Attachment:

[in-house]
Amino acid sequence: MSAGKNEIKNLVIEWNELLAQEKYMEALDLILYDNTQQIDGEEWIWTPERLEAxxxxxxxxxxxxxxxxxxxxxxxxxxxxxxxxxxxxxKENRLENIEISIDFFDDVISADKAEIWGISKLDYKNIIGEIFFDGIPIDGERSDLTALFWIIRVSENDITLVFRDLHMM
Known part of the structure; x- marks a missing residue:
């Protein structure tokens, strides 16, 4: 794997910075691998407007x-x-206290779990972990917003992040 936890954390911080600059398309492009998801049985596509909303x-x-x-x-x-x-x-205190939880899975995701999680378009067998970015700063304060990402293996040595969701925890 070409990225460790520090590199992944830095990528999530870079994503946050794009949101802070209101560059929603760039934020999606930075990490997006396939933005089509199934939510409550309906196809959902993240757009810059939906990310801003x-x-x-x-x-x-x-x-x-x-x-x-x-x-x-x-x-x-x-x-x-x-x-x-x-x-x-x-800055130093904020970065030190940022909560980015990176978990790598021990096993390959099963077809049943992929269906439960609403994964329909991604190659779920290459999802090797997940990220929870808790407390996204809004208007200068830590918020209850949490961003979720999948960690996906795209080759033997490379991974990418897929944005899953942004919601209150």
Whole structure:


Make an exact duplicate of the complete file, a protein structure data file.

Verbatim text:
[in-house]
Amino acid sequence: MSAGKNEIKNLVIEWNELLAQEKYMEALDLILYDNTQQIDGEEWIWTPERLEAxxxxxxxxxxxxxxxxxxxxxxxxxxxxxxxxxxxxxKENRLENIEISIDFFDDVISADKAEIWGISKLDYKNIIGEIFFDGIPIDGERSDLTALFWIIRVSENDITLVFRDLHMM
Known part of the structure; x- marks a missing residue:
């Protein structure tokens, strides 16, 4: 794997910075691998407007x-x-206290779990972990917003992040 936890954390911080600059398309492009998801049985596509909303x-x-x-x-x-x-x-205190939880899975995701999680378009067998970015700063304060990402293996040595969701925890 070409990225460790520090590199992944830095990528999530870079994503946050794009949101802070209101560059929603760039934020999606930075990490997006396939933005089509199934939510409550309906196809959902993240757009810059939906990310801003x-x-x-x-x-x-x-x-x-x-x-x-x-x-x-x-x-x-x-x-x-x-x-x-x-x-x-x-800055130093904020970065030190940022909560980015990176978990790598021990096993390959099963077809049943992929269906439960609403994964329909991604190659779920290459999802090797997940990220929870808790407390996204809004208007200068830590918020209850949490961003979720999948960690996906795209080759033997490379991974990418897929944005899953942004919601209150």
Whole structure: